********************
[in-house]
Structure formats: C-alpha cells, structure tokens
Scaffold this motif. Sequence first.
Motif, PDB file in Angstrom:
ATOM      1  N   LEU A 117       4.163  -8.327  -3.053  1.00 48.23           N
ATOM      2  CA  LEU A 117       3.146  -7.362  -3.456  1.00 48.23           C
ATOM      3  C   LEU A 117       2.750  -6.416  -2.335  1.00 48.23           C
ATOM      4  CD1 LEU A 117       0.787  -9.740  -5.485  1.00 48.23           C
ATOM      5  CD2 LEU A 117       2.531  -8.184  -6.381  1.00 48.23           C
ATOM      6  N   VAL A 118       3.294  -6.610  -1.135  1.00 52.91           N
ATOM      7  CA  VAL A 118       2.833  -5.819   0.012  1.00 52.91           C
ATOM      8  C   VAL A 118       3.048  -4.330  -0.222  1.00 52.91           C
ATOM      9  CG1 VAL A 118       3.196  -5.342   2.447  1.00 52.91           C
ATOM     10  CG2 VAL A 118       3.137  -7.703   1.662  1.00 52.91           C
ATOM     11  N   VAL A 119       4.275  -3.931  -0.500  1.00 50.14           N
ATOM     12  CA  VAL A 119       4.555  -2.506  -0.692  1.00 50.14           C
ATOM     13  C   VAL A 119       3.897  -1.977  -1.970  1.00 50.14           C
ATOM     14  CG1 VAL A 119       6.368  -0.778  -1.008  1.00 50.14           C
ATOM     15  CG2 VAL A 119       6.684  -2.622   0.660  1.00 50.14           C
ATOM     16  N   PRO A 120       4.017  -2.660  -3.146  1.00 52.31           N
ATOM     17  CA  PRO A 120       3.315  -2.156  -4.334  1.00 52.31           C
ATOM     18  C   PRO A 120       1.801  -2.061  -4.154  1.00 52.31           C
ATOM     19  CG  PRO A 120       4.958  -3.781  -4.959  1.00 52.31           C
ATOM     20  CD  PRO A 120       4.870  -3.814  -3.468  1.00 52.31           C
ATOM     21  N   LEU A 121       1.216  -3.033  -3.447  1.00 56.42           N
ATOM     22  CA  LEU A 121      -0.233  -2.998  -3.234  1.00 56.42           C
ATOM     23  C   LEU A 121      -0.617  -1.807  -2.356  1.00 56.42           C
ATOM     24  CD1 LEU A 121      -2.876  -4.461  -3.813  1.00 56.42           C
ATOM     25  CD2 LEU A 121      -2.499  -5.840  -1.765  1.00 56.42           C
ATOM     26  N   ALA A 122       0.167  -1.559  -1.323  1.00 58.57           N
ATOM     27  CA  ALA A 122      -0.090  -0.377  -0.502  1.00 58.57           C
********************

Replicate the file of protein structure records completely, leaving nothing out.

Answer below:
[in-house]
Structure formats: C-alpha cells, structure tokens
Scaffold this motif. Sequence first.
Motif, PDB file in Angstrom:
ATOM      1  N   LEU A 117       4.163  -8.327  -3.053  1.00 48.23           N
ATOM      2  CA  LEU A 117       3.146  -7.362  -3.456  1.00 48.23           C
ATOM      3  C   LEU A 117       2.750  -6.416  -2.335  1.00 48.23           C
ATOM      4  CD1 LEU A 117       0.787  -9.740  -5.485  1.00 48.23           C
ATOM      5  CD2 LEU A 117       2.531  -8.184  -6.381  1.00 48.23           C
ATOM      6  N   VAL A 118       3.294  -6.610  -1.135  1.00 52.91           N
ATOM      7  CA  VAL A 118       2.833  -5.819   0.012  1.00 52.91           C
ATOM      8  C   VAL A 118       3.048  -4.330  -0.222  1.00 52.91           C
ATOM      9  CG1 VAL A 118       3.196  -5.342   2.447  1.00 52.91           C
ATOM     10  CG2 VAL A 118       3.137  -7.703   1.662  1.00 52.91           C
ATOM     11  N   VAL A 119       4.275  -3.931  -0.500  1.00 50.14           N
ATOM     12  CA  VAL A 119       4.555  -2.506  -0.692  1.00 50.14           C
ATOM     13  C   VAL A 119       3.897  -1.977  -1.970  1.00 50.14           C
ATOM     14  CG1 VAL A 119       6.368  -0.778  -1.008  1.00 50.14           C
ATOM     15  CG2 VAL A 119       6.684  -2.622   0.660  1.00 50.14           C
ATOM     16  N   PRO A 120       4.017  -2.660  -3.146  1.00 52.31           N
ATOM     17  CA  PRO A 120       3.315  -2.156  -4.334  1.00 52.31           C
ATOM     18  C   PRO A 120       1.801  -2.061  -4.154  1.00 52.31           C
ATOM     19  CG  PRO A 120       4.958  -3.781  -4.959  1.00 52.31           C
ATOM     20  CD  PRO A 120       4.870  -3.814  -3.468  1.00 52.31           C
ATOM     21  N   LEU A 121       1.216  -3.033  -3.447  1.00 56.42           N
ATOM     22  CA  LEU A 121      -0.233  -2.998  -3.234  1.00 56.42           C
ATOM     23  C   LEU A 121      -0.617  -1.807  -2.356  1.00 56.42           C
ATOM     24  CD1 LEU A 121      -2.876  -4.461  -3.813  1.00 56.42           C
ATOM     25  CD2 LEU A 121      -2.499  -5.840  -1.765  1.00 56.42           C
ATOM     26  N   ALA A 122       0.167  -1.559  -1.323  1.00 58.57           N
ATOM     27  CA  ALA A 122      -0.090  -0.377  -0.502  1.00 58.57           C